The Big Draw Festival 2018 is well underway and as Big Draw co-creators across the globe unite in their passion for the pencil, we catch up with the people behind the hundreds of #Play2018 projects coming your way this October.
We are thrilled to welcome Snite Museum of Art in Indiana, US to The Big Draw Festival for the first time this year! We catch up with Sarah Martin, the Museum’s Curator of Education on their popular Big Draw Festival 2018 programme, why they introduced ‘Snite Sketches’ and to discuss why drawing as the first and only universal language.
BD: Through your various exhibitions and learning programmes, the Snite Museum of Art offers interpretations of cultures such as Latino, African American and Native North American to school children, students and general visitors who may otherwise have limited exposure to them. What do you think is the significance of art in engaging and educating people on culture and history?
SM: Art provides an opportunity for us to travel to other countries and throughout time without ever leaving the comfort of our “backyard.” We can step into other peoples’ shoes (whether the artist’s or the people they’ve depicted in their works of art) to explore what it’s like to see the world the way that they do…from a different perspective. Art gives us the chance to see beyond our individual limited experience of the world…it’s a window to a much richer reality than just our own. Museums provide safe and supportive opportunities through programs and exhibitions to go on this sometimes-intimidating, sometimes-challenging, always-rewarding adventure.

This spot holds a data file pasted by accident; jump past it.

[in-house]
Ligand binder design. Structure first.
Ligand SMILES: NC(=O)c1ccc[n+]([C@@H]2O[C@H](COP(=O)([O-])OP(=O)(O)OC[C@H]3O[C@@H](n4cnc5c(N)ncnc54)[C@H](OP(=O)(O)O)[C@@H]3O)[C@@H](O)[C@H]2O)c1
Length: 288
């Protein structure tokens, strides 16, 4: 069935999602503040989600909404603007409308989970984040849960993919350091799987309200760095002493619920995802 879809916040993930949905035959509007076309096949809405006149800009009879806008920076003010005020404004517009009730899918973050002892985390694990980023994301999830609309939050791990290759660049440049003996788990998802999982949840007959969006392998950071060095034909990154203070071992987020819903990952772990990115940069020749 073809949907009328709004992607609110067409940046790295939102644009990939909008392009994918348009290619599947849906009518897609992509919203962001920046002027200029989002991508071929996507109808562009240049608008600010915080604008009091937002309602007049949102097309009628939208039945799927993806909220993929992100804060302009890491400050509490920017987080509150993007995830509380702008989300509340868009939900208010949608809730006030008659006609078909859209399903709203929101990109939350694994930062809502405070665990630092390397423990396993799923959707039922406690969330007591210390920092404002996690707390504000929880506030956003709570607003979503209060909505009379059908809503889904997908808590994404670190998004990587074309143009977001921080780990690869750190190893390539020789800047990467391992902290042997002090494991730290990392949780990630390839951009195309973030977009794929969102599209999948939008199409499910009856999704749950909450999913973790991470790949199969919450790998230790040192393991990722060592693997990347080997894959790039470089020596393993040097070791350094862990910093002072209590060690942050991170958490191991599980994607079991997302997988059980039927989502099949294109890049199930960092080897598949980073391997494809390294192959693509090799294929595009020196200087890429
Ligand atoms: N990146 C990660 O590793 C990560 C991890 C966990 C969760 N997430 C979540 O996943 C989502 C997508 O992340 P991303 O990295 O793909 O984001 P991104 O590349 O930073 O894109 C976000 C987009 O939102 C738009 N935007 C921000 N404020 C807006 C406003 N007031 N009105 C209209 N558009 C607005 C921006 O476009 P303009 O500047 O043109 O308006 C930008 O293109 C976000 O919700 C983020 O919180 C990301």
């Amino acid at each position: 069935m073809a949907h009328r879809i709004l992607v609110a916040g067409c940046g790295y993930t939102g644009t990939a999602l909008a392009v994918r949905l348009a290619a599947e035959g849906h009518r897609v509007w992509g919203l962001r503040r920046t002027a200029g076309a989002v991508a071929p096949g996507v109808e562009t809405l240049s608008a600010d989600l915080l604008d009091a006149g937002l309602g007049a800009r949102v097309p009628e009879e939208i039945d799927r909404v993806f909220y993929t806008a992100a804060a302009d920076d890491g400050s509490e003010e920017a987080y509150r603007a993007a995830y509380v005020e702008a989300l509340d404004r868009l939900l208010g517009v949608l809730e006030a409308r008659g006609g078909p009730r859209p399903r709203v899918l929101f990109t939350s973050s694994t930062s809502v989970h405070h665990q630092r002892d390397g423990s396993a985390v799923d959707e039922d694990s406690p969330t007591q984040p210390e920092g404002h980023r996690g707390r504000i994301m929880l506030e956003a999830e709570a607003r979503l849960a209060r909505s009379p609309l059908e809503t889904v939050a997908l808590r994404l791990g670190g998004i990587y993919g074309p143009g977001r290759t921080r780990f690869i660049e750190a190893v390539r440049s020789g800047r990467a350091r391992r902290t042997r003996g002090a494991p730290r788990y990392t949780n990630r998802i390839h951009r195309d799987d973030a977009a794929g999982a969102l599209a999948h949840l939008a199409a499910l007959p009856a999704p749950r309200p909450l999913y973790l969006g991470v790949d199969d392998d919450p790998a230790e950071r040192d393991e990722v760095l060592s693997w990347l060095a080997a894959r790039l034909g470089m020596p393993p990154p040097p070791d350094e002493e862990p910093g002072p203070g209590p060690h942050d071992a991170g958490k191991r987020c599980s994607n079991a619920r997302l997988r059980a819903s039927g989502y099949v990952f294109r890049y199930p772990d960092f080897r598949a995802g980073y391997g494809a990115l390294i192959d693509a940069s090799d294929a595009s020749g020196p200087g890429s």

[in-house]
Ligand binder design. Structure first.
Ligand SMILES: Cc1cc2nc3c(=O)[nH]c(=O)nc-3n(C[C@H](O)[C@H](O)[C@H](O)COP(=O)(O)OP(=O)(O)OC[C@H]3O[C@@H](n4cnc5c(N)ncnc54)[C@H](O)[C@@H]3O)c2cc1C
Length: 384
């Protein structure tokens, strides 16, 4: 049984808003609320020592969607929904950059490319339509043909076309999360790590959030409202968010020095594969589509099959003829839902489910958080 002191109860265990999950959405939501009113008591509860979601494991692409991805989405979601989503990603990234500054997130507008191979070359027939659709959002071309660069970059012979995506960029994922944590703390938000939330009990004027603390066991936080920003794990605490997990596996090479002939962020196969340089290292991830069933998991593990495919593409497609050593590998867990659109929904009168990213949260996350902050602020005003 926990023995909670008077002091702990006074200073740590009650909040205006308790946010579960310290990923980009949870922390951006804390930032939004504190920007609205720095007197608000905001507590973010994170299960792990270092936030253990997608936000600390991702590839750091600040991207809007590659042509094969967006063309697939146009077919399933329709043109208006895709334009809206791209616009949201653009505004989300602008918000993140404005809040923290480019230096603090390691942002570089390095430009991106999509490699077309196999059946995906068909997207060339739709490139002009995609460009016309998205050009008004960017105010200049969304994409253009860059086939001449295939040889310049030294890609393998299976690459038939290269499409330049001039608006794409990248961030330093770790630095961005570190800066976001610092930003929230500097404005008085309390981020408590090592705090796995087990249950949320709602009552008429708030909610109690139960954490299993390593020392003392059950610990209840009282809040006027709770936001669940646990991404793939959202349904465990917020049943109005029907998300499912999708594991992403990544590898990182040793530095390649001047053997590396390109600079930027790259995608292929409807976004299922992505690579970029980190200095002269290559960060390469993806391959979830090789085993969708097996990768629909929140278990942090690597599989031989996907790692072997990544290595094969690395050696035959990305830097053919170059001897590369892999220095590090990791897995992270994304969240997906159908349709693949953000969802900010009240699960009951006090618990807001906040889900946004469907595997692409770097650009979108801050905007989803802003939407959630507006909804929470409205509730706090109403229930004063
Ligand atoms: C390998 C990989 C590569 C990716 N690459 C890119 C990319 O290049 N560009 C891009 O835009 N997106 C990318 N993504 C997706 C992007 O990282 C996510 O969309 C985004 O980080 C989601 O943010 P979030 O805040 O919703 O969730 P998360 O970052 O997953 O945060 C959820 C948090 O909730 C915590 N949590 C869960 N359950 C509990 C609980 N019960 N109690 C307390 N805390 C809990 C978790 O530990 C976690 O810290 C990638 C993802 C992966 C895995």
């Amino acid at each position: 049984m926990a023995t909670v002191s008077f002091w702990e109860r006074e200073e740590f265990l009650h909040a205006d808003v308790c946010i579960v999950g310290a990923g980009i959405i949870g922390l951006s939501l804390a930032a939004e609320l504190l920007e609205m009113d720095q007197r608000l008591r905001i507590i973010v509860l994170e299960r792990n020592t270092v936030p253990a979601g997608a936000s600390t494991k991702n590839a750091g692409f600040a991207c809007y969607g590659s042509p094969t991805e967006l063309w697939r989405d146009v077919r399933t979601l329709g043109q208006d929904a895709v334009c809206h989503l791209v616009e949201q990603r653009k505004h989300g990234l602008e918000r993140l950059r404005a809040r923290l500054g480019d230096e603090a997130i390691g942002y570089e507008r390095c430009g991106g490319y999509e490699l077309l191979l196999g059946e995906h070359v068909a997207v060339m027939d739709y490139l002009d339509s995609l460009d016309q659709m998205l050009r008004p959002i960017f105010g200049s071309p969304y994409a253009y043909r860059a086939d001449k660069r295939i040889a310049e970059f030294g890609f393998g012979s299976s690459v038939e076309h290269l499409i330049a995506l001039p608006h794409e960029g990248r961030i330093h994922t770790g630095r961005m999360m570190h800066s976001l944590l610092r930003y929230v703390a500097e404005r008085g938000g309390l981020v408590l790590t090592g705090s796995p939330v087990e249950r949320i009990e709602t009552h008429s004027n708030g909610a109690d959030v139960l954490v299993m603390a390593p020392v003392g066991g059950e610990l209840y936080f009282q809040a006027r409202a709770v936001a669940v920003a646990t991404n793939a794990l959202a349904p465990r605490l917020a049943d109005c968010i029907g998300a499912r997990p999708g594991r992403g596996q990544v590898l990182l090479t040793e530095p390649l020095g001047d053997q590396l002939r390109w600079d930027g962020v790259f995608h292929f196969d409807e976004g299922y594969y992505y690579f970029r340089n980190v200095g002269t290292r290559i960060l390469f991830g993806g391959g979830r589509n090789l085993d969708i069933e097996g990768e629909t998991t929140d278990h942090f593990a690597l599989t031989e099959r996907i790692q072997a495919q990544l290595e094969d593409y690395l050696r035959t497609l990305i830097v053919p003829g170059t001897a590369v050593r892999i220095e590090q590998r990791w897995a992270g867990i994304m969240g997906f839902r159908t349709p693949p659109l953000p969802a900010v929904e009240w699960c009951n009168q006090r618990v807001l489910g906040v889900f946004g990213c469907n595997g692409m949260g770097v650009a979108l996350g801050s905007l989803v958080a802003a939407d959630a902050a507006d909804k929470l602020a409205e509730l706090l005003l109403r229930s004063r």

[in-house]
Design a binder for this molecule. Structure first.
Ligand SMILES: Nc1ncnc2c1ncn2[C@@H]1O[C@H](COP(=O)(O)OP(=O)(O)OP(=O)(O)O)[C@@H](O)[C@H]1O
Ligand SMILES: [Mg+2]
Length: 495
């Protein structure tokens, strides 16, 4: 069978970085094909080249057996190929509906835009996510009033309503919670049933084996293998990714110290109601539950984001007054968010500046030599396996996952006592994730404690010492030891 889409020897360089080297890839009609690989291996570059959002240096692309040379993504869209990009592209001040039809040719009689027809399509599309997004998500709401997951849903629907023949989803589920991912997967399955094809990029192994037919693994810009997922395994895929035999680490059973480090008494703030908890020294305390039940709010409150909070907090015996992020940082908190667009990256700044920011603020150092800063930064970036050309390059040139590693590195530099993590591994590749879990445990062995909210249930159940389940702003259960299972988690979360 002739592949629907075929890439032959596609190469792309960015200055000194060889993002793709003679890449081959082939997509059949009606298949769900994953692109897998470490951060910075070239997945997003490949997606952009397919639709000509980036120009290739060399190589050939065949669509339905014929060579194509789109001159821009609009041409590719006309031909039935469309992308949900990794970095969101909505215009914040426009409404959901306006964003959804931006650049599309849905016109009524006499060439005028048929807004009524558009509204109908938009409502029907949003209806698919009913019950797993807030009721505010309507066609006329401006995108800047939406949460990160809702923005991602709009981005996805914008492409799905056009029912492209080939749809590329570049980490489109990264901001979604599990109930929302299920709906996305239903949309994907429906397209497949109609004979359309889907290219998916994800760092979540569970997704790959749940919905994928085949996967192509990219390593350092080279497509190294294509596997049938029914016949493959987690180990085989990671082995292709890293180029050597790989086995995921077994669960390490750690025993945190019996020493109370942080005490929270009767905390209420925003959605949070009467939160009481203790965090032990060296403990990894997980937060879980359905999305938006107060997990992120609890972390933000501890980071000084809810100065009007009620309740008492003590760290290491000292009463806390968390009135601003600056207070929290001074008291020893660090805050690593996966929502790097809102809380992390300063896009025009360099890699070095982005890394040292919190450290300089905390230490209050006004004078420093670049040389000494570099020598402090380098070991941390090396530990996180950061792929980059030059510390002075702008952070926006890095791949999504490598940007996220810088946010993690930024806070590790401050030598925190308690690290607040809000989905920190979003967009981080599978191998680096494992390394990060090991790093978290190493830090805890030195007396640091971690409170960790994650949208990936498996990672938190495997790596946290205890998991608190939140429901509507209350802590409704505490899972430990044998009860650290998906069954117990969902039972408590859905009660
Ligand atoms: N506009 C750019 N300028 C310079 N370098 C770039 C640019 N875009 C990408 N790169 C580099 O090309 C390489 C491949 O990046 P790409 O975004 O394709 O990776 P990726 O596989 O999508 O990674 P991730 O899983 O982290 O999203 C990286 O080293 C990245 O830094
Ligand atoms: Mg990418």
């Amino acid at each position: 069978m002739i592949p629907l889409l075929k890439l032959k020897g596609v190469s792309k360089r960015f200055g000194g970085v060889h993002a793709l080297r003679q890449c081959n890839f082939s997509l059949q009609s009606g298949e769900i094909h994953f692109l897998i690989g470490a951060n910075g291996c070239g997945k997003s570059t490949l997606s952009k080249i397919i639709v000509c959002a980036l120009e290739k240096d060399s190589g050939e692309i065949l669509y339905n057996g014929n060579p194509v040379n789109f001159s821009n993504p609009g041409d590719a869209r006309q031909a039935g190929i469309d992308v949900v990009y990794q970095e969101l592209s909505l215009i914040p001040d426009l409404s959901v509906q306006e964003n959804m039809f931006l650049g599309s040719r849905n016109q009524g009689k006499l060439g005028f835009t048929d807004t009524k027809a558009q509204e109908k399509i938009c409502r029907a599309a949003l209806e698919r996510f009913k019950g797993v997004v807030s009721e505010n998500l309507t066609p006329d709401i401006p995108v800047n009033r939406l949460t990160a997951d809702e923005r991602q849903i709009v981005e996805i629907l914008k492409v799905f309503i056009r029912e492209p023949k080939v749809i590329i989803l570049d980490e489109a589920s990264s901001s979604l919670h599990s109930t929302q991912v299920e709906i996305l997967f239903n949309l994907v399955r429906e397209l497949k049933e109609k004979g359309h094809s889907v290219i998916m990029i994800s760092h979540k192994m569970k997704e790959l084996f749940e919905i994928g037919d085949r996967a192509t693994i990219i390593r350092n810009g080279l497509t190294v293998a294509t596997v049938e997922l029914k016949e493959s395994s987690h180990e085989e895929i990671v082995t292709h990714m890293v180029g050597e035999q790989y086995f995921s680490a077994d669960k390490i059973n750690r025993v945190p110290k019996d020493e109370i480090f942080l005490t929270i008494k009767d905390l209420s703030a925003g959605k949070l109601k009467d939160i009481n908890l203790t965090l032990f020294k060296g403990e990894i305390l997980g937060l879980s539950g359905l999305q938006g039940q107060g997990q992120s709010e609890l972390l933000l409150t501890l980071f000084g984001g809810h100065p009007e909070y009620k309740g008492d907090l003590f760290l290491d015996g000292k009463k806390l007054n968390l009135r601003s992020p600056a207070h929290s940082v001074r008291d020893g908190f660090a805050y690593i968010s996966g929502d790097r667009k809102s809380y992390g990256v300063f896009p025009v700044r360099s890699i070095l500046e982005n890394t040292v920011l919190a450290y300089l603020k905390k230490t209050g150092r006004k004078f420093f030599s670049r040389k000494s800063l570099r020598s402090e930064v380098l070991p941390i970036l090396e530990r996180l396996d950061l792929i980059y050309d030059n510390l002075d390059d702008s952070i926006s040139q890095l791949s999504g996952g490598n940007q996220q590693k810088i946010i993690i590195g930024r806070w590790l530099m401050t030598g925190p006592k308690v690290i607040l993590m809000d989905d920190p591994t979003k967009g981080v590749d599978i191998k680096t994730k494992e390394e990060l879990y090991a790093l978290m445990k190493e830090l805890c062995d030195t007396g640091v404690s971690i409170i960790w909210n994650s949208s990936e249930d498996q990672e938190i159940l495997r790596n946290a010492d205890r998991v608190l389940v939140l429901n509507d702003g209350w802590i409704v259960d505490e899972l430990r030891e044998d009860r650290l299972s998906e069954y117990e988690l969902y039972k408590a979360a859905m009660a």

BD: Here at The Big Draw we advocate the incredible influence of art and visual literacy in building bridges and communicating beyond language barriers. On your website you have stated that the Snite Museum is “founded on the principle that art is essential to understanding individual, shared, and diverse human experiences and beliefs”. Why do you think that visual literacy is such a crucial tool for communication and expression?
SM: As humans we are hardwired for images. Humans have been making art since the beginning of time, well before we had written languages. All of us as infants recognize shapes, colors, objects, and people well before we have the specific words for them.
We as a species need opportunities to exercise our visual literacy muscles by making our own images and talking about the images made by others throughout time and around the world. It is only by creating and having discussions about works of art that our visual literacy skills can be strengthened. Art museums are an ideal place for this skill building to take place.
In addition, art museums connect us to the past (our own and that of others) and prime us to think about our collective future. This is what it means for art to be “essential to understanding individual, shared, and diverse human experiences and beliefs.”
BD: This year, The Big Draw Festival is celebrating the power of Play in the creative process, as well as in all aspects of life. What is the significance of Play in your work at the Snite Museum? Moreover, what role will this theme play in your Big Draw Festival events?